Intel Executive VP and chief sales and marketing officer, Sean Maloney, spoke to HEXUS after his keynote officially announcing Atom, its 4-series chipsets and an update on the global roll-out of WiMAX. Here he is talking to some random bloke in preparation for a TV interview.
Questioned on reported short supplies of Atom processors and its latest 45nm desktop quad core CPUs, Maloney explained that, in both cases, if there was a shortage it was a product of the fact that they haven’t fully completed the ramp phase of production.
He said that, also in both cases, the ramp was nearing completion, so any perceived shortages should be resolved within a matter of weeks. He also stressed Intel’s policy of ensuring an even spread of availability of its products. “You’ve got to look after the little people too,” he said.
Asked what unique offerings he thinks Atom based devices bring to the table, he isolated fully internet connected in-car devices as an exemplary usage model. “Just putting full internet access into a car will spawn a lot of applications, like real-time travel information, etc.”“Just putting full internet access into a car will spawn a lot of applications, like real-time travel information, etc.”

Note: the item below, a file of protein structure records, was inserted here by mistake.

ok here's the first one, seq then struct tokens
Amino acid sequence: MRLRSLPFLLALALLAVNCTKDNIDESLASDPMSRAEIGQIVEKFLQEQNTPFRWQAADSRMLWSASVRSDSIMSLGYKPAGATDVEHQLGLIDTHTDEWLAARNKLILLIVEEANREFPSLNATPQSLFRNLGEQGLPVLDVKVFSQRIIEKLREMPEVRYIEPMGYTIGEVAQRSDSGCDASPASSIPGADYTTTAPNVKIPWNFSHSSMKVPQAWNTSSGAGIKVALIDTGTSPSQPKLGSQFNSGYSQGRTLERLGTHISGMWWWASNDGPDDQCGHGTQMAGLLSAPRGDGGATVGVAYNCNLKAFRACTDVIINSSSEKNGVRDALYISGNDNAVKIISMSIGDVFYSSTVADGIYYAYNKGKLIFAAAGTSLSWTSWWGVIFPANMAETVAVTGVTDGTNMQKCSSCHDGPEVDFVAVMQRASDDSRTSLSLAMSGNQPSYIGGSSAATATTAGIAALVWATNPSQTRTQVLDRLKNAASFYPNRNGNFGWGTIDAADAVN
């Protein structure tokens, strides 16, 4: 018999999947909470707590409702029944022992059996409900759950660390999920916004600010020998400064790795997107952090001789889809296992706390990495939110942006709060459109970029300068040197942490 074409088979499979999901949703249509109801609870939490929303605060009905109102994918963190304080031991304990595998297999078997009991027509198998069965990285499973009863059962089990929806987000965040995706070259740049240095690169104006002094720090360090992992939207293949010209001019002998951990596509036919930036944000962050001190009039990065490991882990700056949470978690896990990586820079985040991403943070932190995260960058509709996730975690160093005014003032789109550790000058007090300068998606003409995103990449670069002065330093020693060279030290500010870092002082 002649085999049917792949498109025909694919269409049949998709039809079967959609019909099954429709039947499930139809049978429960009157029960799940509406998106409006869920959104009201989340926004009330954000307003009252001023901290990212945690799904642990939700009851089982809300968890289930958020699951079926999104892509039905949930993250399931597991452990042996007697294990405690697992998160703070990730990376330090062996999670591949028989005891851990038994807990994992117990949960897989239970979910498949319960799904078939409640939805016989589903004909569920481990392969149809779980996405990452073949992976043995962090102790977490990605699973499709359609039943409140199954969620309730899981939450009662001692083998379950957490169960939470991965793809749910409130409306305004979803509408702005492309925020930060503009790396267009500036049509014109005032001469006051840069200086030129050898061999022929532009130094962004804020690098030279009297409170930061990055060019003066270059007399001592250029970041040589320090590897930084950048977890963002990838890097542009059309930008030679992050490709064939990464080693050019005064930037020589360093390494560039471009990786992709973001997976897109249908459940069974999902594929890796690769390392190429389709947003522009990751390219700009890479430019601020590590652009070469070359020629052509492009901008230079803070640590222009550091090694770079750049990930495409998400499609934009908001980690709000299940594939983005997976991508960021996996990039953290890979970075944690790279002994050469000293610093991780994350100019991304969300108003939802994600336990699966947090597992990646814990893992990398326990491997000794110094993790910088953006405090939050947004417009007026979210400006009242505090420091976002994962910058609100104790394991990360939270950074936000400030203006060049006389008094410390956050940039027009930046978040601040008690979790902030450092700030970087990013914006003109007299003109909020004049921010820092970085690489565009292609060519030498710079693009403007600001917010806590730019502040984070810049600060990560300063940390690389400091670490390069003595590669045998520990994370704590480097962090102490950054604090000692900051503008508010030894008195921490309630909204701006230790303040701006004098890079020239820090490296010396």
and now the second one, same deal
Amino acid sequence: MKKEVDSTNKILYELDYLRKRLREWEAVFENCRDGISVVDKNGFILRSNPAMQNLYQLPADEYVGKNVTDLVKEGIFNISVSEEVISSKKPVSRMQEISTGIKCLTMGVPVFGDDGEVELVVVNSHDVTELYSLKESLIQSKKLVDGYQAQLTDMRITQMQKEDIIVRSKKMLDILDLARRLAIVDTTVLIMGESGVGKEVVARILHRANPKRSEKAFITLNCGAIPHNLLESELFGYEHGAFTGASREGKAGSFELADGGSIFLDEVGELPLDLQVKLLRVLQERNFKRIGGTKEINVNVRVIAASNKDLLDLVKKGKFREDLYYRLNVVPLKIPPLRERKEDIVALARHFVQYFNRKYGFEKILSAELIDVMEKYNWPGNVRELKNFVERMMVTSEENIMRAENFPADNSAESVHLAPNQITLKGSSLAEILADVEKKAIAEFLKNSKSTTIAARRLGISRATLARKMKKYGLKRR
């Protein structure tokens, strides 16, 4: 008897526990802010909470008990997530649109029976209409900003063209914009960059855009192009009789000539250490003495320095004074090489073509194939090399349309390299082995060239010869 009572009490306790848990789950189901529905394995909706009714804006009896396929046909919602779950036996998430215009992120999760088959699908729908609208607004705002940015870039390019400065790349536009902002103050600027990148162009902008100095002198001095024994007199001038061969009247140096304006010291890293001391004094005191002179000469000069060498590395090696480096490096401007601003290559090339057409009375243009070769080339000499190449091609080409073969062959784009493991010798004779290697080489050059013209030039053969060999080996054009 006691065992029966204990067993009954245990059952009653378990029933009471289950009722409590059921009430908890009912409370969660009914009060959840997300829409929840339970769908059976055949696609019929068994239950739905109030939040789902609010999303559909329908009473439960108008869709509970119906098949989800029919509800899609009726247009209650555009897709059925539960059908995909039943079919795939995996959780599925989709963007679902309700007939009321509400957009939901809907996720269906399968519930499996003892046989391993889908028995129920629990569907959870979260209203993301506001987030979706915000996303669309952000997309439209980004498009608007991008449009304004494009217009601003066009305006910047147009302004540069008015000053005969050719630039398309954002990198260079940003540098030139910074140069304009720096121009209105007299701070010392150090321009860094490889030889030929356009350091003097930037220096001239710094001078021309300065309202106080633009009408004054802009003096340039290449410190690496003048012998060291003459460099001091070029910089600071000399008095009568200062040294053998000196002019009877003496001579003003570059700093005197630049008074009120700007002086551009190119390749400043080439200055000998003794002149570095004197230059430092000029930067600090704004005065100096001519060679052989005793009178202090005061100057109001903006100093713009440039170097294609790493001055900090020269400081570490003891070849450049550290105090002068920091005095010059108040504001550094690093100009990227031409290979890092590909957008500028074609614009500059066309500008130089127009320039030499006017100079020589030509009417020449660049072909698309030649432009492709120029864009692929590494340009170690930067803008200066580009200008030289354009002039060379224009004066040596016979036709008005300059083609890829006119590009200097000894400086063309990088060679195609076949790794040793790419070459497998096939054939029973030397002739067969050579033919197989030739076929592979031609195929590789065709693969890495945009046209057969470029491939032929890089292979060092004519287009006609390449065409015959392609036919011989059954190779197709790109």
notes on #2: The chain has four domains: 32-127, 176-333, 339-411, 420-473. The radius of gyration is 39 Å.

He also pointed out that MIDs (mobile internet devices), the handheld mini PCs Intel is hoping will gain mass popularity now that Atom is available, could well end up being as much of a fashion item as a piece of technology.
In our opinion, for that to happen they will need to be cheap enough to be almost an impulse purchase and to be a viable addition to a mobile technology inventory that will often include both a laptop and a mobile phone.
On WiMAX, Maloney confirmed that there is currently a major global roll-out, but that Europe is lagging behind somewhat. When it was suggested that WiMAX seems to be taking a long time to become a reality, Maloney said: “Wi-Fi took six years and right now we’re in our fifth year of WiMAX.” He said that the biggest challenges concern interoperability but he expects that situation to improve in the next year or so.
Of course, the conversation couldn’t end without some reference to NVIDIA. Maloney’s first comment on the matter was typical of the relative restraint Intel has shown in the face of some provocative comments from the graphics giant. “The discrete graphics market will be big forever and there’s plenty of room in it. We will continue to work together and compete together.”
He couldn't resist a little dig, however. "What's the killer application online right now?" he asked. "I think its Macromedia Flash - which is all CPU."